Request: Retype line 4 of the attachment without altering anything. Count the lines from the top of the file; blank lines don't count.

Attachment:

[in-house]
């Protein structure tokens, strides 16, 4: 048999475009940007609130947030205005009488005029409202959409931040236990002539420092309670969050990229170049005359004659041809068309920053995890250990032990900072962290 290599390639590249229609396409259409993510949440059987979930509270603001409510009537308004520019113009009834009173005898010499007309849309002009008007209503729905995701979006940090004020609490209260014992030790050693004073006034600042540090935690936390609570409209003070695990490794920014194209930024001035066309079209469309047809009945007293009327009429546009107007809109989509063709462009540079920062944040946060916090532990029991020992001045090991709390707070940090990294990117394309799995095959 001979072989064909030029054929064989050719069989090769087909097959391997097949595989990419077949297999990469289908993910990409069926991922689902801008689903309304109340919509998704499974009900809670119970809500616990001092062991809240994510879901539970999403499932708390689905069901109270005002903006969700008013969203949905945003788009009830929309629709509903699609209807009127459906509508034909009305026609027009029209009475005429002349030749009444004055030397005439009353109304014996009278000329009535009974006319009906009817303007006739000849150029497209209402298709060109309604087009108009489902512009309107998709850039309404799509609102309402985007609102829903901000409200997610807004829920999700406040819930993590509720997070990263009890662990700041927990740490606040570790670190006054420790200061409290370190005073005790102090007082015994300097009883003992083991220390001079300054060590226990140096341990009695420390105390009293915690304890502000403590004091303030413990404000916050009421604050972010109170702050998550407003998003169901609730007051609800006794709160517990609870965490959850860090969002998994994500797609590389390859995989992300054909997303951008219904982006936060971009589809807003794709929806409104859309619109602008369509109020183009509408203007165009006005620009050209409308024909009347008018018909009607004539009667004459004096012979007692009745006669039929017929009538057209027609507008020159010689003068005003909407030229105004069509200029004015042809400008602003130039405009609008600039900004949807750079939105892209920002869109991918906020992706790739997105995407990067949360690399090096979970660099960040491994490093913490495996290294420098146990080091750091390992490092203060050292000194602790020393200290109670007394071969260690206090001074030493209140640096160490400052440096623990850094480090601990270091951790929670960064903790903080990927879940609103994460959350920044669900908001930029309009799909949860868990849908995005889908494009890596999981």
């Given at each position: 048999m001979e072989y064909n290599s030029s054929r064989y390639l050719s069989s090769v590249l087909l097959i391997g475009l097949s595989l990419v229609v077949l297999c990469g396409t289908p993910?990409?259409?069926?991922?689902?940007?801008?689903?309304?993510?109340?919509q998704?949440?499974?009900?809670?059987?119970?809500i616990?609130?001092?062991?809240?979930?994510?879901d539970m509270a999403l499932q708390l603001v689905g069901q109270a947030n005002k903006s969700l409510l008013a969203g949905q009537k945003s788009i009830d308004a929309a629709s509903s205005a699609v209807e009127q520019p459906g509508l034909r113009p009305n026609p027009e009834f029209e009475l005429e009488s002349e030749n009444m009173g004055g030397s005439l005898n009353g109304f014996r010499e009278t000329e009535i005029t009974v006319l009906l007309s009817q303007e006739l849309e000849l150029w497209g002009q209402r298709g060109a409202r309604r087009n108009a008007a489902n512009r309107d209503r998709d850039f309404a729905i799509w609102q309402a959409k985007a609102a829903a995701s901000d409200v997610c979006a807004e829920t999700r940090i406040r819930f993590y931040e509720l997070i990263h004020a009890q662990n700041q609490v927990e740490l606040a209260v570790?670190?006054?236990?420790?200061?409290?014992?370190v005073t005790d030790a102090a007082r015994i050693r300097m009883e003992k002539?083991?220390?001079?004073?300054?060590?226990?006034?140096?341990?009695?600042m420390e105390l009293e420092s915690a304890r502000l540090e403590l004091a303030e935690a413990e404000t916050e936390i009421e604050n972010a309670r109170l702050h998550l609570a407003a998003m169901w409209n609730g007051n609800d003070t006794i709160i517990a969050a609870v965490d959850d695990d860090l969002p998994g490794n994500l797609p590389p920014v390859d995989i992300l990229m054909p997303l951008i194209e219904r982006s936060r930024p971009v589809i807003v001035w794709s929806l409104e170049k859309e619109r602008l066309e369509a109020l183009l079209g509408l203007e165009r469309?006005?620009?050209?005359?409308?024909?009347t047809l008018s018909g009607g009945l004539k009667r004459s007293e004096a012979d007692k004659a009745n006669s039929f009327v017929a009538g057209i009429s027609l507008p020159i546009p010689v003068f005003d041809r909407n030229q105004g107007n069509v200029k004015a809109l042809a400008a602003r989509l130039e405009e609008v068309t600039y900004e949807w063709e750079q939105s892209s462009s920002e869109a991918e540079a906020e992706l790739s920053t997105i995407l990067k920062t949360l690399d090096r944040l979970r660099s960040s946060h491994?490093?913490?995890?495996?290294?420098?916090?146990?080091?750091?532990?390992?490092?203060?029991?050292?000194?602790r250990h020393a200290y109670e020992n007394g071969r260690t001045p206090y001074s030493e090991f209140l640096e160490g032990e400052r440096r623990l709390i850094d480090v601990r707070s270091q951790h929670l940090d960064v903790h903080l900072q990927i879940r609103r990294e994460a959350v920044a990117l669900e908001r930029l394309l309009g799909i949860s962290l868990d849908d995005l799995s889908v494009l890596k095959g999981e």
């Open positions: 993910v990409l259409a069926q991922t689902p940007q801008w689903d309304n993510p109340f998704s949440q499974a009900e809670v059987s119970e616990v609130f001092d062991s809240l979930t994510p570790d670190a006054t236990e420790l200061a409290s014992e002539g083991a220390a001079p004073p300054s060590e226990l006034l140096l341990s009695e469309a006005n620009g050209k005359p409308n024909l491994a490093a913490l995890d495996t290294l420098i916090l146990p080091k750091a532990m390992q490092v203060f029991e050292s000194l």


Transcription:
């Open positions: 993910v990409l259409a069926q991922t689902p940007q801008w689903d309304n993510p109340f998704s949440q499974a009900e809670v059987s119970e616990v609130f001092d062991s809240l979930t994510p570790d670190a006054t236990e420790l200061a409290s014992e002539g083991a220390a001079p004073p300054s060590e226990l006034l140096l341990s009695e469309a006005n620009g050209k005359p409308n024909l491994a490093a913490l995890d495996t290294l420098i916090l146990p080091k750091a532990m390992q490092v203060f029991e050292s000194l």